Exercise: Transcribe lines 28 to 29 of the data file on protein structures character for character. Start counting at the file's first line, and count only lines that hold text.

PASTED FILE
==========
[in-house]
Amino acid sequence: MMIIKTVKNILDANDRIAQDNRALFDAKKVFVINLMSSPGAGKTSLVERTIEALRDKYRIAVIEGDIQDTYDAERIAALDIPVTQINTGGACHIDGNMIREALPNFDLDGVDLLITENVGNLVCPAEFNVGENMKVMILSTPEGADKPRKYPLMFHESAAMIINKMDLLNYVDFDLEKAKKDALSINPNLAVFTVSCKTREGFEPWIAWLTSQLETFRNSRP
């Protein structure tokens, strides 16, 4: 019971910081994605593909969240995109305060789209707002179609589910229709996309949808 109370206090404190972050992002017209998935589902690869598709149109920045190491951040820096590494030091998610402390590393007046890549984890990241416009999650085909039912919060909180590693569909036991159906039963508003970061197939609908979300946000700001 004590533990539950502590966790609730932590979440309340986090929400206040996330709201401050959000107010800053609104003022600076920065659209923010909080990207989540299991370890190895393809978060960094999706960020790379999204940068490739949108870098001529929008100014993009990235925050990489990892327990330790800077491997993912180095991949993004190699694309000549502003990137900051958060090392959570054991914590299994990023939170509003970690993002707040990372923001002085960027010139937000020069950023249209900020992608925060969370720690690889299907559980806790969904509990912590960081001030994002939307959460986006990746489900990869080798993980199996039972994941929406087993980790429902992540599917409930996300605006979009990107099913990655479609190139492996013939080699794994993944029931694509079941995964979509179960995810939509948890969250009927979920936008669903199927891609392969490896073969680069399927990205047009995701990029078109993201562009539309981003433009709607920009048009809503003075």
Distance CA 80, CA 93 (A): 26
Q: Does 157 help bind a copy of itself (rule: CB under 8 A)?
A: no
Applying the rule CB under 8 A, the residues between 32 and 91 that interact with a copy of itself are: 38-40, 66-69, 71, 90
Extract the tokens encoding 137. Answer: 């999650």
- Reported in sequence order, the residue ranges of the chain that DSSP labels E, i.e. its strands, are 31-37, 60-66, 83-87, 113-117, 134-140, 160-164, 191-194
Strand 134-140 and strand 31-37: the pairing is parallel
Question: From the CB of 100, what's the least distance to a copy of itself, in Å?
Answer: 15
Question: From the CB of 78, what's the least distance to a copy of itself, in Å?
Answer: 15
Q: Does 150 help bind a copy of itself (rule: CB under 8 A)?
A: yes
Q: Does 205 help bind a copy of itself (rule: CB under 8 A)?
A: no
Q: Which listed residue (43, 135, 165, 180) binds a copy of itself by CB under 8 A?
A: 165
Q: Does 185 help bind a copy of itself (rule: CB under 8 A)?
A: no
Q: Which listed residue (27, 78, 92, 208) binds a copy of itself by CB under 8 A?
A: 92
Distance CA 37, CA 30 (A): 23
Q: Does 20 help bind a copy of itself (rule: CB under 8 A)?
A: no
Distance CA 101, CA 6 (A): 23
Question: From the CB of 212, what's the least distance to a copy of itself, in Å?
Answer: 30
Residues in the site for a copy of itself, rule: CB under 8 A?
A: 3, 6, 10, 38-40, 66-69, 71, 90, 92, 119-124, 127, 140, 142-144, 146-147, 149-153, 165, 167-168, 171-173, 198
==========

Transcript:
Distance CA 101, CA 6 (A): 23
Question: From the CB of 212, what's the least distance to a copy of itself, in Å?